Their scenes give Kingsman: The Golden Circle an unforeseen amount of emotion. It’s a shame then, when Vaughn and company go towards shock value to get a rise out of the audience. Akin to the final scene from the first installment, two scenes in particular aiming for dark laughs stand out as just crude and disgusting without serving anything upon further review to move the narrative forward.

Like many sequels, the cast in The Golden Circle is beefed up considerably. Halle Berry, Pedro Pascal, Jeff Bridges, and the previously mentioned Channing Tatum all appear. Unfortunately, though their presences are appreciated, only Pascal gets anything to do of note, regulating the rest of these talented individuals to what essentially amounts to glorified cameos. Julianne Moore puts in a fun performance, but the writing for her character leaves something to be desired. Her megalomaniac entrepreneur needed a layer of menace to be memorable; instead, Moore more often comes off as a basic psycho b**ch.

The Golden Circle, despite the addition of the Statesman, still belongs to the Kingsman and their troika threesome. Taron Egerton is super-comfortable as likable as Eggsy, Mark Strong—ahem—strong as Merlin, and Colin Firth playing his amnesia-riddled Harry with the requisite uncertainty. The question rages on of whether Harry’s return should have been better hidden (it should have), but there’s no debate that this franchise benefits from having Firth.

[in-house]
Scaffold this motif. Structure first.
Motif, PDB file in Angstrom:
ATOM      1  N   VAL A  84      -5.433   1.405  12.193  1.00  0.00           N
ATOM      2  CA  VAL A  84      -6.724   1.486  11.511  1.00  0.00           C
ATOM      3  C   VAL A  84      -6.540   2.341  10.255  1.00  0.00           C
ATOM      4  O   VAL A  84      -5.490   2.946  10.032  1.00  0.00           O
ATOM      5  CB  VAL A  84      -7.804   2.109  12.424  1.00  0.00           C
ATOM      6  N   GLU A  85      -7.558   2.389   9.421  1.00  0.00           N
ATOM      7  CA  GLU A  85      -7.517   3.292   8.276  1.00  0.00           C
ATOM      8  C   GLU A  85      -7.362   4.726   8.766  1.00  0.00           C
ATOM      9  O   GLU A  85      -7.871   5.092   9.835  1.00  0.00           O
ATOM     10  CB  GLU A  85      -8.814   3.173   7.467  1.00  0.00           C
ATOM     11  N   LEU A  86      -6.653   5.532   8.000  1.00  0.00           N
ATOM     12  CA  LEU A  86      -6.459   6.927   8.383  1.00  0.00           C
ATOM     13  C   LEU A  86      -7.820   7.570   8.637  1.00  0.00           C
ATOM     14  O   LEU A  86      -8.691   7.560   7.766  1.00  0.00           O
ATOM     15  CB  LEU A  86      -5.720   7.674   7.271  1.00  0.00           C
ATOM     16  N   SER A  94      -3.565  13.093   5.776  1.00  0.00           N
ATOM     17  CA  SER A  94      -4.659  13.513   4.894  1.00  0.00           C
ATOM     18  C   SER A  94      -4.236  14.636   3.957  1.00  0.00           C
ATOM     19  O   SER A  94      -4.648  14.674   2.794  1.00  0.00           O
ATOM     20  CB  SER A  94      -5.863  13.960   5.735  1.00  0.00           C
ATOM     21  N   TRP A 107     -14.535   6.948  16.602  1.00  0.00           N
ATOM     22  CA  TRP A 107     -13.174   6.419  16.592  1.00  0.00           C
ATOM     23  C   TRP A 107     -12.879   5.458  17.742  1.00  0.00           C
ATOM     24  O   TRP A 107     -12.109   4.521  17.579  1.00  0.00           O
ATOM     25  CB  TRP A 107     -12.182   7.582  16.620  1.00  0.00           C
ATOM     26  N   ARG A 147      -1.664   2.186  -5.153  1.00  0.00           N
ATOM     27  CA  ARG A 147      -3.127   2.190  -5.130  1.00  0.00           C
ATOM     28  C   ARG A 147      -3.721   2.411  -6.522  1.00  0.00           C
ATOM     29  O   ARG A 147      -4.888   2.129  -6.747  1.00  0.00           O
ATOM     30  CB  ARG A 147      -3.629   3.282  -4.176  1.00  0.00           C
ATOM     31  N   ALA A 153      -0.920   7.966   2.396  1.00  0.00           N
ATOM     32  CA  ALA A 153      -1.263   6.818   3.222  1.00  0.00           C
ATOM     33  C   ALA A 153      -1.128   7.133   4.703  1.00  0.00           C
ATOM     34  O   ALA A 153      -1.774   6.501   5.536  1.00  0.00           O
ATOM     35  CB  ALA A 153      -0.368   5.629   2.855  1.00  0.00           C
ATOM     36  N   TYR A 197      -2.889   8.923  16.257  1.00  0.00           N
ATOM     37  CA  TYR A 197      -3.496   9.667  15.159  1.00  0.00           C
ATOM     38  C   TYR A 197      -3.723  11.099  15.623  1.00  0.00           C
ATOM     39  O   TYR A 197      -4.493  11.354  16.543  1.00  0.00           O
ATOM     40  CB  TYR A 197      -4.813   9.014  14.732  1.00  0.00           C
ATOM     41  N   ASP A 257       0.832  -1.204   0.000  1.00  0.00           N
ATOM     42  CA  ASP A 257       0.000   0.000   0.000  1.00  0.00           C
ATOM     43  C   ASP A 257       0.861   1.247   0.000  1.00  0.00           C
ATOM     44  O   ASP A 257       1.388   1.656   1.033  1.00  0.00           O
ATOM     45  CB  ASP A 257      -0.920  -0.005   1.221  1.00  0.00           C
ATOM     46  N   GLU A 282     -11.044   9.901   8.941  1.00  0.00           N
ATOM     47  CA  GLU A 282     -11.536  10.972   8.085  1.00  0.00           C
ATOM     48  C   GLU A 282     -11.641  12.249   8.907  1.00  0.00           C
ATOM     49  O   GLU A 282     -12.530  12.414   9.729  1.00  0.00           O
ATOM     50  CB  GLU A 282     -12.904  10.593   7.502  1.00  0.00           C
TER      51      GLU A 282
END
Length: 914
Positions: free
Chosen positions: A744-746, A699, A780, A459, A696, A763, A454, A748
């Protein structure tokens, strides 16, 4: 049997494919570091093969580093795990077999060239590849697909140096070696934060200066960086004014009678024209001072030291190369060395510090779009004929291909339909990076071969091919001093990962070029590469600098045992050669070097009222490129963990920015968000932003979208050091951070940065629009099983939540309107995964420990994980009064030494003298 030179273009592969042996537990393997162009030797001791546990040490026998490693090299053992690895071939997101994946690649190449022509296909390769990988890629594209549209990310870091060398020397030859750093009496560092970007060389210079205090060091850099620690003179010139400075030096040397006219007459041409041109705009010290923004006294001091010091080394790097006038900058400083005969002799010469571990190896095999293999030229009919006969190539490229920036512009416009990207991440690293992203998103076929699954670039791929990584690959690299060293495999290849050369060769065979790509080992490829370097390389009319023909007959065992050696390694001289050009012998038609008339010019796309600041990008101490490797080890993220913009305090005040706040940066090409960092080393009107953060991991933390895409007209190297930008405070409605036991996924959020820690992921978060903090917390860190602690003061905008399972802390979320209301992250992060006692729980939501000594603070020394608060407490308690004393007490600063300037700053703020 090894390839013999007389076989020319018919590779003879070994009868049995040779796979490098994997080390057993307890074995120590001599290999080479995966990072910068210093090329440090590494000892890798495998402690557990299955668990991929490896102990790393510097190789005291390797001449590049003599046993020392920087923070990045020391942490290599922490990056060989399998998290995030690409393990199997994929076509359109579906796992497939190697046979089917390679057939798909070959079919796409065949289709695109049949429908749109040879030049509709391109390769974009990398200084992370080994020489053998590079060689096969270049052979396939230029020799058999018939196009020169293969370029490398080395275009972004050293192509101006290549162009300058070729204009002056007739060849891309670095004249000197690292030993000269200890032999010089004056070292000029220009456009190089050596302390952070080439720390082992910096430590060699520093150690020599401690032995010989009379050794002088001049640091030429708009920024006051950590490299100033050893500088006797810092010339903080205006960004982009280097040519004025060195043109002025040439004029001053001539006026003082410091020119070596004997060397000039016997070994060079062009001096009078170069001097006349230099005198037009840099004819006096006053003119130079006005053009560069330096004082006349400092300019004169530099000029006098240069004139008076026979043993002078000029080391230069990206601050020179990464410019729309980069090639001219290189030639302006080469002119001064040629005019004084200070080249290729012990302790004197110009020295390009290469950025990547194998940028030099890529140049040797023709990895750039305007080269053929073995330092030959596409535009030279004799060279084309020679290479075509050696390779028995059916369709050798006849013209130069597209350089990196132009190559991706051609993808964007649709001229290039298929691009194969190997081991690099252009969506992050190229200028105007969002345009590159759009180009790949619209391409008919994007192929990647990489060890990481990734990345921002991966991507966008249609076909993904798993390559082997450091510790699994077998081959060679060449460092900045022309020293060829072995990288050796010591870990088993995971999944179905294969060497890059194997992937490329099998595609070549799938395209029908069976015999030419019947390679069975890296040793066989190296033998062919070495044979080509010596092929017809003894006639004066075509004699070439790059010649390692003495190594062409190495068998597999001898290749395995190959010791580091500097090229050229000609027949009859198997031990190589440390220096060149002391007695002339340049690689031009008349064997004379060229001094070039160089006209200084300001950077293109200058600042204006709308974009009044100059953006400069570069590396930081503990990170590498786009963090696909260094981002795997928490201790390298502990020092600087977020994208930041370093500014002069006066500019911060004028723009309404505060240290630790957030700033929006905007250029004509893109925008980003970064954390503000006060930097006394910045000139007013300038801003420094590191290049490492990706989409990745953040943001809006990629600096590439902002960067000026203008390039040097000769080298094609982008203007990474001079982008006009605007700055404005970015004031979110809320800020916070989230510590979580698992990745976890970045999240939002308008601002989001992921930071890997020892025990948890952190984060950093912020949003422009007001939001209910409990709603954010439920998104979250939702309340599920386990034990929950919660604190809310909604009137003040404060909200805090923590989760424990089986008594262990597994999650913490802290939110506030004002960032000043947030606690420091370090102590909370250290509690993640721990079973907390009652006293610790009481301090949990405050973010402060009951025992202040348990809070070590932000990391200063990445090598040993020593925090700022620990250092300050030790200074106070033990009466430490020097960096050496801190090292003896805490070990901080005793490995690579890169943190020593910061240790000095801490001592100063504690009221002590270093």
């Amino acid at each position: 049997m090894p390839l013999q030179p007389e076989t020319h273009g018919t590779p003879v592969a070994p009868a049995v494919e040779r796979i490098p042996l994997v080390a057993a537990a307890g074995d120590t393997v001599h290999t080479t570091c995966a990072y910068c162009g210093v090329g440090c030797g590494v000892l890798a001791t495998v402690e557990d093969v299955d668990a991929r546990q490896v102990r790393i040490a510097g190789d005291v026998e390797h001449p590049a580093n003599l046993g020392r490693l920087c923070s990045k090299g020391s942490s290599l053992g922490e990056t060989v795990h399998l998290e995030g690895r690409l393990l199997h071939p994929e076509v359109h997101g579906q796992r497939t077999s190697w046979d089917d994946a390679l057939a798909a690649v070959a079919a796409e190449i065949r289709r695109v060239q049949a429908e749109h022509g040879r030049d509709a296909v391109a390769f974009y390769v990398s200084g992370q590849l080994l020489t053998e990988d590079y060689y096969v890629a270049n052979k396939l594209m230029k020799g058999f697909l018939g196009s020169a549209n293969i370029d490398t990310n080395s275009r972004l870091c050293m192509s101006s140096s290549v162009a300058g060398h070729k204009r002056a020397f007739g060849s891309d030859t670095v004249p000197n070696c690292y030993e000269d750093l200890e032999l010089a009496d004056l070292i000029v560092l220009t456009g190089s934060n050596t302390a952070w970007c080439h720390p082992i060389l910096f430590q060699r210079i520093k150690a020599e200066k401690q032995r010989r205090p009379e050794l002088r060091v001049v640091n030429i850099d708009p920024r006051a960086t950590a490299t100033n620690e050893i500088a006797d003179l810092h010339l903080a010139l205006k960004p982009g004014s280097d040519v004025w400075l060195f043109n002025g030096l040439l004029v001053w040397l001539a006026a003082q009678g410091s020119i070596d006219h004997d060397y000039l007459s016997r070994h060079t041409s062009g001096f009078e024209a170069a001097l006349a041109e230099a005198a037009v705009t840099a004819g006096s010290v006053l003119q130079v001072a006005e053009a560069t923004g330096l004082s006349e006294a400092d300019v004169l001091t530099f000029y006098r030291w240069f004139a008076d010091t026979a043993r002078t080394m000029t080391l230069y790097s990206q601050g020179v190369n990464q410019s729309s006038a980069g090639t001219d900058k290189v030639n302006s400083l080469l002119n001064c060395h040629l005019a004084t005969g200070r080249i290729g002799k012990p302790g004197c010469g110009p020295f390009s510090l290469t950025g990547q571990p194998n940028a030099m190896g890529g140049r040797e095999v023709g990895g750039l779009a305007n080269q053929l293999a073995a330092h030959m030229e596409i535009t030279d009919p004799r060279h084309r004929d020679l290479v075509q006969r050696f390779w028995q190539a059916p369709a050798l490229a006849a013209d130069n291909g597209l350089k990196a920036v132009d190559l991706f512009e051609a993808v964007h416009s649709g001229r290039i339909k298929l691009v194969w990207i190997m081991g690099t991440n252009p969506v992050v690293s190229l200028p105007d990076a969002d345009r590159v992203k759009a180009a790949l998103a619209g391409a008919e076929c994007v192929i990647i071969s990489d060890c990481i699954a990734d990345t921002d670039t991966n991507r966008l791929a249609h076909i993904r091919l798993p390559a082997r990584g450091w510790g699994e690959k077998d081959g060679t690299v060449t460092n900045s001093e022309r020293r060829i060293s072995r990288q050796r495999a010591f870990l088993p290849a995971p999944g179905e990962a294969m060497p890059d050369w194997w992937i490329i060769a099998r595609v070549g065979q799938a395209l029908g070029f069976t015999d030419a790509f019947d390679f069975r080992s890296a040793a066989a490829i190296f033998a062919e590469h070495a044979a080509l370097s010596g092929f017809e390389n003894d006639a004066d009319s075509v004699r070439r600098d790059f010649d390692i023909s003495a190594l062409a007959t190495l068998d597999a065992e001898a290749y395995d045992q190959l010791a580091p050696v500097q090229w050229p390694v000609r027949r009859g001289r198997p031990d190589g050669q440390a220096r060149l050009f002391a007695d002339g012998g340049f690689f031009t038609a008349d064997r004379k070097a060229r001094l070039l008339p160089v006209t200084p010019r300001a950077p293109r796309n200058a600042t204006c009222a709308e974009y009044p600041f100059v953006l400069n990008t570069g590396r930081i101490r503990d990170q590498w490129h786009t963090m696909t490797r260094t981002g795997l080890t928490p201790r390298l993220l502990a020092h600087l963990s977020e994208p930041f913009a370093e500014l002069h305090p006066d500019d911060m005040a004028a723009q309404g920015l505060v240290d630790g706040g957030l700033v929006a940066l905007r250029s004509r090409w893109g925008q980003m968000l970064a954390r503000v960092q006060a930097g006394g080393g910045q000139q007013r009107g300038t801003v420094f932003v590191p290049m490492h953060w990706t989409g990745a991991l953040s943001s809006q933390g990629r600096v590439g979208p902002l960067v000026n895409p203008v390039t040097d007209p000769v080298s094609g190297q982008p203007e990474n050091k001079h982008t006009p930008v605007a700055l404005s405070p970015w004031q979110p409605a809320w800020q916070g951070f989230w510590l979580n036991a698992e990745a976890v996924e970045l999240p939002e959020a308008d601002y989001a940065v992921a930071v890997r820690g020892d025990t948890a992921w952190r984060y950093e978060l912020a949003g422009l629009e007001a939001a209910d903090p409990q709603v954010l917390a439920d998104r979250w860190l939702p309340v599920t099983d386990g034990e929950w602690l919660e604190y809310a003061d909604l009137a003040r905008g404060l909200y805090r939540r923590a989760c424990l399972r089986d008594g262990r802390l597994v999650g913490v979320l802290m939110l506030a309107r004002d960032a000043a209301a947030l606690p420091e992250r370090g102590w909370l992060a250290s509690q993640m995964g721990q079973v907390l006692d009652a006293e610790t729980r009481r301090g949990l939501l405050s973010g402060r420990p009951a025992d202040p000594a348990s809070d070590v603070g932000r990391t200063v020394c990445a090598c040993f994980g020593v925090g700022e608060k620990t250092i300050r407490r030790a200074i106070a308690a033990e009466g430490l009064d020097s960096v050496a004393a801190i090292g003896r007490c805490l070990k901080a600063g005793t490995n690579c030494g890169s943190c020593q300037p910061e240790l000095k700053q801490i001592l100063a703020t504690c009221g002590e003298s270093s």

Gold is still gold, even when tainted. Kingsman: The Golden Circle is definitely not 24 karat quality, but shines enough to still be relatively valuable and occasionally captivated.

B-

Photo credits go to YouTube.com and collider.com

For additional detailed thoughts on films both small and large, games, and the key moments that comprise each, check out ThatMomentIn.com

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Hell or High Water: Movie Man Jackson

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Almost anything can be done with ruthless determination. Brothers Tanner Howard (Ben Foster) and Toby Howard (Chris Pine) have begun to rob banks in small towns of Texas. Robbery and crime comes easy for lifelong convict Tanner, but Toby, with no criminal record to speak of, is a little taken aback by the action. But it needs to be done in his mind. He owes a ton of child support to his ex-wife, and the Howard farm is up for foreclosure.

On the trail of the brotherly due is soon-to-be-retiree ranger Marcus Hamilton (Jeff Bridges). Though unsaid, he’s actually a little afraid of retirement and relishes this one last opportunity to sink his teeth into something substantial with his Hispanic/Native American partner, Alberto (Gil Birmingham). This is old fashioned cops and robbers. Who’s in the right?